Other elements are also explored. Knives, forks and spoons covered in a dark green felt appear to be carelessly scattered upon the floor. Images of rusty nails against graph paper also feature stongly, often as large prints, torn at the corners on the floor or very small images printed on graph paper. The most effective use of this motif was a large-scale poster print of it, pinned into the wall by clear plastic drawing pins mounted against a larger sheet of plain black paper also held by drawing pins. Directly beneath this is a red strip light; it is perfection contrasted with the chaos of objects laid out on the floor. From this installation the viewer is led down, under the stairs, past waxed paper upon which lie piles of dust in varying sizes. The paper appears to emerge from a large black metal box with a grate on one side, inside which hung two black UV lightbulbs. This leads then to the most straightforward piece on show, a photograph of multiple railway lines and their junctions. As an image alone it works; the eye is drawn along the tracks and the overhead lines, and the limited use of colour sits well against the strong colours so predominant elsewhere in the exhibition.
There are two video pieces included in this exhibition. The first can be seen to consist of three sections whilst the other is more abstract and graphic in its approach. Within the first mentioned three sections these consist of i) a sequence of elements of the natural landscape, trees and streams etc, ii) a series of close-ups of different words extracted from a single page of text from a book, and iii) the last, a sequence of a man in bed. The latter shows a man alseep, layered over which are images of birds; they appear to pick away at the man as he lies in slumber, but he is disturbed from his sleep and finds it difficult to rest again. Beside the video screen there is a photograph of the man asleep (UV lights are used to illuminate this and other objects surrounding it). The reasoning behind the inclusion of the same scene as both a still and moving image is unclear, especially as parallels cannot be easily drawn between the image and the basis of the exhibition. The text (see ii) above) is replicated elsewhere in the form of a large poster print. It is a paragraph from a book that begins by describing the weather; it subsequently becomes overly descriptive, commenting on air pressure, wind velocity, etc. Its relationship to the exhibition is unclear until one reaches the end of the paragraph: “In short, to use an expression that describes the facts pretty satisfactorily even though it is somewhat old-fashioned; it was a fine August day in the year 1913.” The only connection is that 1913 was during the height of Kammerer’s career, but it is so loose a connection that its value is unclear.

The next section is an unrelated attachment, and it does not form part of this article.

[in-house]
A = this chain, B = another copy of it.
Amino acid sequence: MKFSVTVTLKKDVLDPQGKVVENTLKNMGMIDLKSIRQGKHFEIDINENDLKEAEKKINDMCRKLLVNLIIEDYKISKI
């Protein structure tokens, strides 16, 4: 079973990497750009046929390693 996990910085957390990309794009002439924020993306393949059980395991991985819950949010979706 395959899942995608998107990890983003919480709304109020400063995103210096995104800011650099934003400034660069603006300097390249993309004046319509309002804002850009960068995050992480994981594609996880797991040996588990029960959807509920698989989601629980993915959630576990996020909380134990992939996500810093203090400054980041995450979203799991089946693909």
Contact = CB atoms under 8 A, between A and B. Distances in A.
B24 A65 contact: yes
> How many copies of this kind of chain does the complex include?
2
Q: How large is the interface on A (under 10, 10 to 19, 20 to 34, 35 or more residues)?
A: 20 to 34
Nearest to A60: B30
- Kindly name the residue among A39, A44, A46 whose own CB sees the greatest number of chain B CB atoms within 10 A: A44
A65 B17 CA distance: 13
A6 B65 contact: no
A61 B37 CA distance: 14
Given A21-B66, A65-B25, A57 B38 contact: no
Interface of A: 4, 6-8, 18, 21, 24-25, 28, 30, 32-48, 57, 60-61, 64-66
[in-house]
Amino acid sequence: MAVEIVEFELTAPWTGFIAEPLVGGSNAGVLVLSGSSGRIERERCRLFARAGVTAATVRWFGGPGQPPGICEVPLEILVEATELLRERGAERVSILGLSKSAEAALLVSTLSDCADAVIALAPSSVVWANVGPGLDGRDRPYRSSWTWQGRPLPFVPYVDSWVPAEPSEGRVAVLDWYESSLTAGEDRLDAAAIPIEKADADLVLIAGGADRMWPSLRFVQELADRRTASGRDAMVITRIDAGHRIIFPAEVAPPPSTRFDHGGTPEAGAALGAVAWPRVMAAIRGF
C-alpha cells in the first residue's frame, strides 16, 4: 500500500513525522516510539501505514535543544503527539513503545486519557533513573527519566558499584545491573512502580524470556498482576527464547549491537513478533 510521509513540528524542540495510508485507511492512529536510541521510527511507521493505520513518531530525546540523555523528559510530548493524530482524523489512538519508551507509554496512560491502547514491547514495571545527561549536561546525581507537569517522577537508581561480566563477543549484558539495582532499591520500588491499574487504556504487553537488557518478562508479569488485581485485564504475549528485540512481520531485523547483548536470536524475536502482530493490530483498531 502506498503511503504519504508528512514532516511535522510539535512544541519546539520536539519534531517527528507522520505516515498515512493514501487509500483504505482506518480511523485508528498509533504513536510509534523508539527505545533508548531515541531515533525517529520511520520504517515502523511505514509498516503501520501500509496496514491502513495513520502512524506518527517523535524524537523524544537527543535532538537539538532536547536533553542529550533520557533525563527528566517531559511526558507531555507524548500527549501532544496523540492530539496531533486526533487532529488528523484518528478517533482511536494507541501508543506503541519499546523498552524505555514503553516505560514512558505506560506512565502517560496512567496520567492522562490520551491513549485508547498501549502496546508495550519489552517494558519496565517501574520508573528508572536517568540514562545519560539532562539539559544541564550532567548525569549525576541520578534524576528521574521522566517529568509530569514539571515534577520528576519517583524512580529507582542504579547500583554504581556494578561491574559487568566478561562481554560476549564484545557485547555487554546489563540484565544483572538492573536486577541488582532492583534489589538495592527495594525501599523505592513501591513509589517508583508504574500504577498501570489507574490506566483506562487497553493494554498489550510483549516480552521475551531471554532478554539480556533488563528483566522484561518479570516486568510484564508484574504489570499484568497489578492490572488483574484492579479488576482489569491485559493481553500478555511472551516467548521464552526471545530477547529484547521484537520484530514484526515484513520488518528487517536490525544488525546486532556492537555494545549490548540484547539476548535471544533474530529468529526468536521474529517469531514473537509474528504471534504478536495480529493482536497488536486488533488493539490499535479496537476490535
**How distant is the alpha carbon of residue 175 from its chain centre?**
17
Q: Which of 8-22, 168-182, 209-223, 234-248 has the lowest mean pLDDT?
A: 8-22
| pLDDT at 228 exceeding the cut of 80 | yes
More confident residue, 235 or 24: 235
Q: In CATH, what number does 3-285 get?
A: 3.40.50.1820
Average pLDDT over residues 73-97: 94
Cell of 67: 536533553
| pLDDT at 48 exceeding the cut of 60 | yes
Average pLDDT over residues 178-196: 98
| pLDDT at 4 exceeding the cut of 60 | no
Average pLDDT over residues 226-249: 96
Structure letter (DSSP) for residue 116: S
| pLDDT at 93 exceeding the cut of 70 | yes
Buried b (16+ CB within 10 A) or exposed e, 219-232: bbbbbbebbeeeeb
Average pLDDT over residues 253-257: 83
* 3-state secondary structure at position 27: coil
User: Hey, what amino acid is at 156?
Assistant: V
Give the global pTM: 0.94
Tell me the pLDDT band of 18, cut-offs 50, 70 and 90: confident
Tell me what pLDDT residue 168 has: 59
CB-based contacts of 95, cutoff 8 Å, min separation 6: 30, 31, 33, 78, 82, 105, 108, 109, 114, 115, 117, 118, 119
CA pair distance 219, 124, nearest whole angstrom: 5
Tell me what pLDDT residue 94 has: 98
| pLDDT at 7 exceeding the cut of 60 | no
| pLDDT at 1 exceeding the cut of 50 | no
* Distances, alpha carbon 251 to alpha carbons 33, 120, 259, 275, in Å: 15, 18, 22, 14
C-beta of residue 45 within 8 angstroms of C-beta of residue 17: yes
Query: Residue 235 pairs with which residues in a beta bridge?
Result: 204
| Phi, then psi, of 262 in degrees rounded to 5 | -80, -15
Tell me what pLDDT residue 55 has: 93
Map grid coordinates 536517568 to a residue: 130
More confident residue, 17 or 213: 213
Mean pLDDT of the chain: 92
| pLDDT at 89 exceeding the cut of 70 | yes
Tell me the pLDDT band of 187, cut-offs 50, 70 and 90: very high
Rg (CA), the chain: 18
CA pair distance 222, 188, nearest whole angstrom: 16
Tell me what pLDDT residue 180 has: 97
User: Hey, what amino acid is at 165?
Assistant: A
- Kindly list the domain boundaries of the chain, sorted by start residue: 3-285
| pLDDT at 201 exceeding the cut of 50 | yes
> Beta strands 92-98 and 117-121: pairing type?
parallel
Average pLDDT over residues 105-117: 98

The second video piece appears like early experimentation in Photoshop. Working as if with layers, McFeely presents us with them in multiples; graph paper, an eye opening and closing, a moth and hand-written text. This piece felt rather twee, and I found it did not add in analysis or substance to the exhibition.